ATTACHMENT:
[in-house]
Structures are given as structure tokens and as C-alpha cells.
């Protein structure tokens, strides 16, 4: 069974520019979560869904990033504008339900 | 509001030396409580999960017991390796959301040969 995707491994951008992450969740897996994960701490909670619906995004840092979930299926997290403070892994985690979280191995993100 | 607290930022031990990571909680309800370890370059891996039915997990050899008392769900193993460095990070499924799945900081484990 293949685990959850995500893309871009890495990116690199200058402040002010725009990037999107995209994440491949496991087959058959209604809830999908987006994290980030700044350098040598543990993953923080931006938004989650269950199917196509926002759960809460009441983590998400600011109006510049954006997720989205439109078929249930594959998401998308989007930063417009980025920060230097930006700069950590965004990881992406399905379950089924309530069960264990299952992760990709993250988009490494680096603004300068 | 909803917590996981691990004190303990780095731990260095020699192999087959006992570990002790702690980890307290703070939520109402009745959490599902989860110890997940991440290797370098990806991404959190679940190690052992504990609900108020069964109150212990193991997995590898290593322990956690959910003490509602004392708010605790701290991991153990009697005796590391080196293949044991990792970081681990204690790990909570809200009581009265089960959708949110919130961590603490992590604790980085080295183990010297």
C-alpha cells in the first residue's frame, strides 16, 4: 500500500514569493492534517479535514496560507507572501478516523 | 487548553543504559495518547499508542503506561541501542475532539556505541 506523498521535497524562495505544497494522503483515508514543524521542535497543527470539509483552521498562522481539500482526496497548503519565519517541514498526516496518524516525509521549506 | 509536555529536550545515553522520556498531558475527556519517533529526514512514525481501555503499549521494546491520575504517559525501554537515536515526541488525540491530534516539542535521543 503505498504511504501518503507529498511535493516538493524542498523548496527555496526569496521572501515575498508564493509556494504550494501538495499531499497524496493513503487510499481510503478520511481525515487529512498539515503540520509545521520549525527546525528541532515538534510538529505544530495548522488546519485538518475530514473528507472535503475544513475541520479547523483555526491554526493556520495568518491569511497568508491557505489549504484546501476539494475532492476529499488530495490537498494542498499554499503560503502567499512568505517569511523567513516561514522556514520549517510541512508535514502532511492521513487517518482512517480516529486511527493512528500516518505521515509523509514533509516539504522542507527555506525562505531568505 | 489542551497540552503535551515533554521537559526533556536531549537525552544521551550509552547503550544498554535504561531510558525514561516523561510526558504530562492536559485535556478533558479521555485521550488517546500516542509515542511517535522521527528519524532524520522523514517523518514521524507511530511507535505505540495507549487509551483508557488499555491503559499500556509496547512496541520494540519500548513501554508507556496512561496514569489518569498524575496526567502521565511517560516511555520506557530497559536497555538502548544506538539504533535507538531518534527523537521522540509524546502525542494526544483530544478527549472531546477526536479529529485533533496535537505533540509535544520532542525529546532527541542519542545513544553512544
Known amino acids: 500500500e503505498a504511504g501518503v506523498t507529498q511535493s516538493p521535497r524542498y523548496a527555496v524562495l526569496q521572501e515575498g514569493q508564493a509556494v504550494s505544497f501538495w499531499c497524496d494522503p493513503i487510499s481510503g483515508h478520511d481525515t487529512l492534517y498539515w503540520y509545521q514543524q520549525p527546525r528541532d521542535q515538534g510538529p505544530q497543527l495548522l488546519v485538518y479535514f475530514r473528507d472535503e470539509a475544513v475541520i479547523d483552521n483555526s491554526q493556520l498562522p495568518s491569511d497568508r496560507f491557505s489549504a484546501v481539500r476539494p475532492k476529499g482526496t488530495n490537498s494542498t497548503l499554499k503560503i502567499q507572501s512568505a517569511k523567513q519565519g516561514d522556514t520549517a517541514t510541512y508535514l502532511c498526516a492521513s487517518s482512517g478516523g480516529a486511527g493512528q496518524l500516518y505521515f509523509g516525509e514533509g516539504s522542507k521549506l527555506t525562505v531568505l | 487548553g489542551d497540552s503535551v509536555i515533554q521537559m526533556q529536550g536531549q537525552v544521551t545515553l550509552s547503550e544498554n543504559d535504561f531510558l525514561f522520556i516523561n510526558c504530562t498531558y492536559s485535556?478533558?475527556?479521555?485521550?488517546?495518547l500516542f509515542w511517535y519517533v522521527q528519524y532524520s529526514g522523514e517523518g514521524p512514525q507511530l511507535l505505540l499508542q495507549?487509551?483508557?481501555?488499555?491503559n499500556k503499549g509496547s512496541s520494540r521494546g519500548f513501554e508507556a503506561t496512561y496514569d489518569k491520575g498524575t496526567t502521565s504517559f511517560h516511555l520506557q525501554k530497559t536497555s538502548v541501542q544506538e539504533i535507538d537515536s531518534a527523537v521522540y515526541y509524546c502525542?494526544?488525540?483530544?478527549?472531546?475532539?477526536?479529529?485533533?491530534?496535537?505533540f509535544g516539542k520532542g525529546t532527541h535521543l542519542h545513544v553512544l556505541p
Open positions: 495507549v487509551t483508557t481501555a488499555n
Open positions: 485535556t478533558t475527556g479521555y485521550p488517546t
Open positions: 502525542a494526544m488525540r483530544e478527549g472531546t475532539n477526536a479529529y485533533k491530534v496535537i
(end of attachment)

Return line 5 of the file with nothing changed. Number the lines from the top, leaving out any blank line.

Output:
Known amino acids: 500500500e503505498a504511504g501518503v506523498t507529498q511535493s516538493p521535497r524542498y523548496a527555496v524562495l526569496q521572501e515575498g514569493q508564493a509556494v504550494s505544497f501538495w499531499c497524496d494522503p493513503i487510499s481510503g483515508h478520511d481525515t487529512l492534517y498539515w503540520y509545521q514543524q520549525p527546525r528541532d521542535q515538534g510538529p505544530q497543527l495548522l488546519v485538518y479535514f475530514r473528507d472535503e470539509a475544513v475541520i479547523d483552521n483555526s491554526q493556520l498562522p495568518s491569511d497568508r496560507f491557505s489549504a484546501v481539500r476539494p475532492k476529499g482526496t488530495n490537498s494542498t497548503l499554499k503560503i502567499q507572501s512568505a517569511k523567513q519565519g516561514d522556514t520549517a517541514t510541512y508535514l502532511c498526516a492521513s487517518s482512517g478516523g480516529a486511527g493512528q496518524l500516518y505521515f509523509g516525509e514533509g516539504s522542507k521549506l527555506t525562505v531568505l | 487548553g489542551d497540552s503535551v509536555i515533554q521537559m526533556q529536550g536531549q537525552v544521551t545515553l550509552s547503550e544498554n543504559d535504561f531510558l525514561f522520556i516523561n510526558c504530562t498531558y492536559s485535556?478533558?475527556?479521555?485521550?488517546?495518547l500516542f509515542w511517535y519517533v522521527q528519524y532524520s529526514g522523514e517523518g514521524p512514525q507511530l511507535l505505540l499508542q495507549?487509551?483508557?481501555?488499555?491503559n499500556k503499549g509496547s512496541s520494540r521494546g519500548f513501554e508507556a503506561t496512561y496514569d489518569k491520575g498524575t496526567t502521565s504517559f511517560h516511555l520506557q525501554k530497559t536497555s538502548v541501542q544506538e539504533i535507538d537515536s531518534a527523537v521522540y515526541y509524546c502525542?494526544?488525540?483530544?478527549?472531546?475532539?477526536?479529529?485533533?491530534?496535537?505533540f509535544g516539542k520532542g525529546t532527541h535521543l542519542h545513544v553512544l556505541p